Get the best from your plug plants

Hannah Jolliffe / 21 March 2016 ( 11 May 2018 )

Buying plug plants online is a great gardening short-cut as it takes away some of the troubles of growing from seed. So how do you treat your plugs with care and ensure they thrive? Follow our guide…

Types of plugs

Also known as ‘starter plants’, these are young plants with independent root systems. There are generally two sizes of plugs:

1. Smaller plugs – these require some growing on before they can be planted out.
2. Bigger plugs – also sold as 'ready plants' or 'jumbo plugs', many garden centres and online retailers offer larger plugs that can be planted straight into hanging baskets or containers, but these often need hardening off first. They work out slightly more expensive than the smaller plugs but are easier to grow.

Give your garden a burst of seasonal colour by ordering a selection of beautiful bedding plants, including begonias, busy Lizzies and petunias. Shop now.

Potting on your starter plants

It’s important to treat your starter plants with TLC to give them the best chance of growing into large, strong plants. Ensure they have a good start by potting them on straightaway.

  • First water the plants – they should be moist, but not too wet.
  • Use good potting compost – it is specifically formulated to provide the best growing conditions needed for potting up young plants.
  • Fill a small pot and make a hole the same size as the starter plant.
  • Be careful when removing the plant - gently pinch the bottom and push it up from the bottom – use a pencil if it won’t budge.
  • Always try to avoid holding the plant by its the stem when transferring the plant - hold by its root ball and carefully tease out the roots before placing it in the hole.
  • Water well - sit the pots in a tray of water for 10 minutes and allow any excess water to drain away.

Now you need to provide the best balance of water and light that you can. Keep them in a cool, well-lit area - don’t let them dry out, but remember that overwatering can also be fatal.

Hardening off and planting out

Hardening your plug plants off simply means that you are preparing them to be planted in outside temperatures. You can do this once the risk of frost has passed and your plants are a reasonable size.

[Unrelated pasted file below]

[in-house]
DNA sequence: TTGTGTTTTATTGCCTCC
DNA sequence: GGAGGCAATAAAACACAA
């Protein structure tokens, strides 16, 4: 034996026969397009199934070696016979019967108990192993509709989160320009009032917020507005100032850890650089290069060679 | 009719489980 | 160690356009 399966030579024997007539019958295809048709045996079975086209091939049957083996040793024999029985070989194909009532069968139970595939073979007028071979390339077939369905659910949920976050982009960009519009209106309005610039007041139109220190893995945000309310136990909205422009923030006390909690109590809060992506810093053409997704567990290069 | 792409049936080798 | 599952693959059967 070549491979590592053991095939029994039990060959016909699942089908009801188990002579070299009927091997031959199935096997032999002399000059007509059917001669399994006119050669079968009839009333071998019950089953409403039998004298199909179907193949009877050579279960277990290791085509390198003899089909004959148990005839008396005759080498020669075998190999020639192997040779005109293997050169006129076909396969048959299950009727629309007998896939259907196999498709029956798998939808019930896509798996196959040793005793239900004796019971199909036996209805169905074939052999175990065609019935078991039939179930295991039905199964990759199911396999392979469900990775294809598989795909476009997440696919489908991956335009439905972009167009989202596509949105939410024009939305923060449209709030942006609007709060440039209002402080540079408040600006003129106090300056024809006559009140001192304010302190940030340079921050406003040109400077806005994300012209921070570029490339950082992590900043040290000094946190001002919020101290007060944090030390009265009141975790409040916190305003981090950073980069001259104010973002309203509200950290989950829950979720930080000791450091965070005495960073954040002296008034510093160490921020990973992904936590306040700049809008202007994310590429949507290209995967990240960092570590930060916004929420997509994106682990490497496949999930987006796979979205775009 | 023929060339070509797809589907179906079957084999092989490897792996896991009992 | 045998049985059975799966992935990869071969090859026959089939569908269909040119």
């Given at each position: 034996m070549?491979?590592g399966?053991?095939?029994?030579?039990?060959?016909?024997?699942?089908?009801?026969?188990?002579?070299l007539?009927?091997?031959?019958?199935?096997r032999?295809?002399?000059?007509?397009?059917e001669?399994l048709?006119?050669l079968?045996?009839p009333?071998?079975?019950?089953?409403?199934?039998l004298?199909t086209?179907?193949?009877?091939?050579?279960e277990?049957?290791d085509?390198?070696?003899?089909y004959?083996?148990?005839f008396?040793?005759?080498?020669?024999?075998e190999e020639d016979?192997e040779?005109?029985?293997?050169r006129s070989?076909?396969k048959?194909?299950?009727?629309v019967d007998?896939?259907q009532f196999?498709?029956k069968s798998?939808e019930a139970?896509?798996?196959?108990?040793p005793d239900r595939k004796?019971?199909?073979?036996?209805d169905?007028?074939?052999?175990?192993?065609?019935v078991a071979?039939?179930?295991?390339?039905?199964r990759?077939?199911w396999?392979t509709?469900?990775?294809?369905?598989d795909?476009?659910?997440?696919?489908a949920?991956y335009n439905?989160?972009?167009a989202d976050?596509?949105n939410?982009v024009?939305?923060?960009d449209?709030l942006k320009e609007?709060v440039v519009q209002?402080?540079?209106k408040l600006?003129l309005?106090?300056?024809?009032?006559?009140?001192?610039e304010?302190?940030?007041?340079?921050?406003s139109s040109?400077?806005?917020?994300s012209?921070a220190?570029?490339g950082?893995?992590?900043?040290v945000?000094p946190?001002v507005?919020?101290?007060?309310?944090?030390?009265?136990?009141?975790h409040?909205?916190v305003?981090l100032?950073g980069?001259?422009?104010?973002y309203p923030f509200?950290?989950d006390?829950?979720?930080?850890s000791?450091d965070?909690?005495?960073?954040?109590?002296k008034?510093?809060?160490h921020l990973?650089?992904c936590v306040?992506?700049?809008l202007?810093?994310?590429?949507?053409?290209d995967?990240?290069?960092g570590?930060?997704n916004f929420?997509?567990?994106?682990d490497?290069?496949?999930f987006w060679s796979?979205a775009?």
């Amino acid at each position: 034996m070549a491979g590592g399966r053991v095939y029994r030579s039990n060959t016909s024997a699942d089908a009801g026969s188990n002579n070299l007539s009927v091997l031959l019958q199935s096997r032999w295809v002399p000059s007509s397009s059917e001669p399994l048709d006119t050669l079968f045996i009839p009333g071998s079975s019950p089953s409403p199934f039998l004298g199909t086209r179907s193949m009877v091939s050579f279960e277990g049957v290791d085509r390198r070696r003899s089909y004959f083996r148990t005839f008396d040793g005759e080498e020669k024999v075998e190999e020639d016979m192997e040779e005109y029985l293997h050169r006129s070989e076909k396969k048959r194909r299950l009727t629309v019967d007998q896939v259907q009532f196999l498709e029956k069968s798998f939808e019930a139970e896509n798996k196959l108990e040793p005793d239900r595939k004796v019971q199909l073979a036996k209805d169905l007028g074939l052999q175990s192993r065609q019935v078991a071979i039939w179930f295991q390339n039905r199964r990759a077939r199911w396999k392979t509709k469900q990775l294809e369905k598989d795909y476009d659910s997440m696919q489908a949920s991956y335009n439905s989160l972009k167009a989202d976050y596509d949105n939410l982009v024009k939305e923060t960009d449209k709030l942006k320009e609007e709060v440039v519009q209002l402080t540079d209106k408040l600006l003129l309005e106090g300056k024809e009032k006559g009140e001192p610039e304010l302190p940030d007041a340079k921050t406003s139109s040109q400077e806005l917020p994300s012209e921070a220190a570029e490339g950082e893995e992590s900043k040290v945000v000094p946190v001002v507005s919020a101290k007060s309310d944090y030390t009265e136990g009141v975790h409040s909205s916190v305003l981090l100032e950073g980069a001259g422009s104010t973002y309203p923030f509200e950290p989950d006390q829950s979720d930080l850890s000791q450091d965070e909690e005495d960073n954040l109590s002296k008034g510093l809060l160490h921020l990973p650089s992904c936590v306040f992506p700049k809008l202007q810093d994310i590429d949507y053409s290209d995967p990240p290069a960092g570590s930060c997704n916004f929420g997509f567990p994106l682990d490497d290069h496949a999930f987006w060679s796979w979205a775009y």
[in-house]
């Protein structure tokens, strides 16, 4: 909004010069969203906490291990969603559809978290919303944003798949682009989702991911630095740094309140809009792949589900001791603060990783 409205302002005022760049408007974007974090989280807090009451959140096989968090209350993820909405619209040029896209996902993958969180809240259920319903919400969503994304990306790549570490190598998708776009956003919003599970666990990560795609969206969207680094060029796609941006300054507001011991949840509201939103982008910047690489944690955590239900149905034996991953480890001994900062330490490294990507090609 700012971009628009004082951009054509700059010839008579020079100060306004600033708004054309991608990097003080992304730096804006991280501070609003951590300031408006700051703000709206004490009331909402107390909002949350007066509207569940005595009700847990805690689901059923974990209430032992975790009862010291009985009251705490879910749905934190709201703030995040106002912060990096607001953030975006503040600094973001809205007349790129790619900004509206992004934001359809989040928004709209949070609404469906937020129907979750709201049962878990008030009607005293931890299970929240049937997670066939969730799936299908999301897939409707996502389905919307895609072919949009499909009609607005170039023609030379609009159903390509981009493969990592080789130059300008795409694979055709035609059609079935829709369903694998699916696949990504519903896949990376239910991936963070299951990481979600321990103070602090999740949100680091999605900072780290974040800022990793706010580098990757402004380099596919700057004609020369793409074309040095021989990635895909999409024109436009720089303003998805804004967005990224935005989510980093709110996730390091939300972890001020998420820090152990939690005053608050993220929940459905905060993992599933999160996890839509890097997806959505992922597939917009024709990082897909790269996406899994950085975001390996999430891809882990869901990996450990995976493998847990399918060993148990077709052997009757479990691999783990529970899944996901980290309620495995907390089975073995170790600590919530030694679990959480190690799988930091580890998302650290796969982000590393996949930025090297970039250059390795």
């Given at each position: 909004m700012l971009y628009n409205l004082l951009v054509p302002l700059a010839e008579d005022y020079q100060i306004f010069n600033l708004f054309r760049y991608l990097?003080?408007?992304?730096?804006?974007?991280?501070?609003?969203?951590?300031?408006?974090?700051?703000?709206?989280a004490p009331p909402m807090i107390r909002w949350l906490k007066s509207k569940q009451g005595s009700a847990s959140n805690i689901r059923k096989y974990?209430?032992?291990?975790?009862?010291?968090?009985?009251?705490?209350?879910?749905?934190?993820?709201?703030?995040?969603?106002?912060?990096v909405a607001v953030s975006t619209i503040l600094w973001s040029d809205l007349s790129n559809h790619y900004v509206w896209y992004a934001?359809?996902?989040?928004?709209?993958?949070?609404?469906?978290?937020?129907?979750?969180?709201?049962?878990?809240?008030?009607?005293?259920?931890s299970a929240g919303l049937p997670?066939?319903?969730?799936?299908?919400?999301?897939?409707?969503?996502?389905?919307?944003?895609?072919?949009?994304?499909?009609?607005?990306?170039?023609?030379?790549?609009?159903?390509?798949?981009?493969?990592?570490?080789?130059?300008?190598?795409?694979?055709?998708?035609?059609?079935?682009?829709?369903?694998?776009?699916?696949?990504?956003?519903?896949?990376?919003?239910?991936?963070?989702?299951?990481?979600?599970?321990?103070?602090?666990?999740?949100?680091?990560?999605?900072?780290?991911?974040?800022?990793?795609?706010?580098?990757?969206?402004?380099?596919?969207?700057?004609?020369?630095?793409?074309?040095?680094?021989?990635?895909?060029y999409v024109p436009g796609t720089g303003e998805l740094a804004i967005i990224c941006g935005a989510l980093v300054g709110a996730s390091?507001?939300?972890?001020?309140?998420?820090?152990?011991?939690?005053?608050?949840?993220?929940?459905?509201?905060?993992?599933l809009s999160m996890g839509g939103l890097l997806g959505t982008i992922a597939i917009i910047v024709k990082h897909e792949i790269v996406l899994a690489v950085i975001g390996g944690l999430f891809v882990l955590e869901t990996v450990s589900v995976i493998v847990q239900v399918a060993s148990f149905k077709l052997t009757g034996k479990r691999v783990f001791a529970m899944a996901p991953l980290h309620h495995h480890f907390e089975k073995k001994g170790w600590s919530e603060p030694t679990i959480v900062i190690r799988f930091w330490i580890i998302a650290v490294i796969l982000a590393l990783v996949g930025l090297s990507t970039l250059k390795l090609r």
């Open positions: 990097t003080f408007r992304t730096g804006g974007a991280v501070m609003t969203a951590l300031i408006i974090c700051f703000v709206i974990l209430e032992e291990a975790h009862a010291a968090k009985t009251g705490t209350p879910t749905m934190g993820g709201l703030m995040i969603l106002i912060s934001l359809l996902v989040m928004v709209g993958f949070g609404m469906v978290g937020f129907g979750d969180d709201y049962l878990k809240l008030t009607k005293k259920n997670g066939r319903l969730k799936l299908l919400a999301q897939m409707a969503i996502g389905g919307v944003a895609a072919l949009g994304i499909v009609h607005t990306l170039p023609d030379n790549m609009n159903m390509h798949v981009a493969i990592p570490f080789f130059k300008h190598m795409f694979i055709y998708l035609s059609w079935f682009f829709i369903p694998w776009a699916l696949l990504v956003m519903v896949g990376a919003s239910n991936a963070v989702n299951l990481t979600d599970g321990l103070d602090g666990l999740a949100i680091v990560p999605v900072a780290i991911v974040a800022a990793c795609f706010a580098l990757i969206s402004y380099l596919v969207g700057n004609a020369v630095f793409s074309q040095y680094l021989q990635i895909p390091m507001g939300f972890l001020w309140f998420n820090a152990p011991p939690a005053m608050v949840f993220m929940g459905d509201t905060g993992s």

Take your pots outside to a sheltered spot every day for two weeks, bringing them inside each night, before planting out into their final destination.

Top tips on ordering plugs online

If you shop smartly, ordering plugs online can be a great way to buy your starter plants. Follow our basic advice to get the best from your online plugs:

  • Look for a quality policy – this means that if you are unhappy with the standard of your plugs you can return them with no quibbles.
  • Check for delivery dates – if the plugs arrive when you’re away and end up with a neighbour or in the local sorting office they are likely to dry out and die. “The only problems I have had is when plants arrive and I am away. Young plants need water and not to get too cold,” says Zoe.
  • If you know you will be out for the day, make sure you have a secure spot for deliveries to be left, out of direct sun.
  • “Always unpack, check and pot-on plants as soon as you can,” advises gardener Stephen Hackett from The Constant Gardener.
  • Plan what you need and don’t be tempted to buy plugs that are out of season.

Find out about the benefits of buying plants online

Saga Garden Centre

Get free delivery and a no-quibble refund or replacement policy at the Saga Garden Centre. All our plants are grown on Jersey by an expert team who've been supplying the UK with mail-order plants for over 30 years. For information about the different sizes of plug plants available from the Saga Garden Centre, read their plug plant guide.

Shop now

Try 3 issues of Saga Magazine for just £3

Subscribe today for just £3 for 3 issues...

The opinions expressed are those of the author and are not held by Saga unless specifically stated.

The material is for general information only and does not constitute investment, tax, legal, medical or other form of advice. You should not rely on this information to make (or refrain from making) any decisions. Always obtain independent, professional advice for your own particular situation.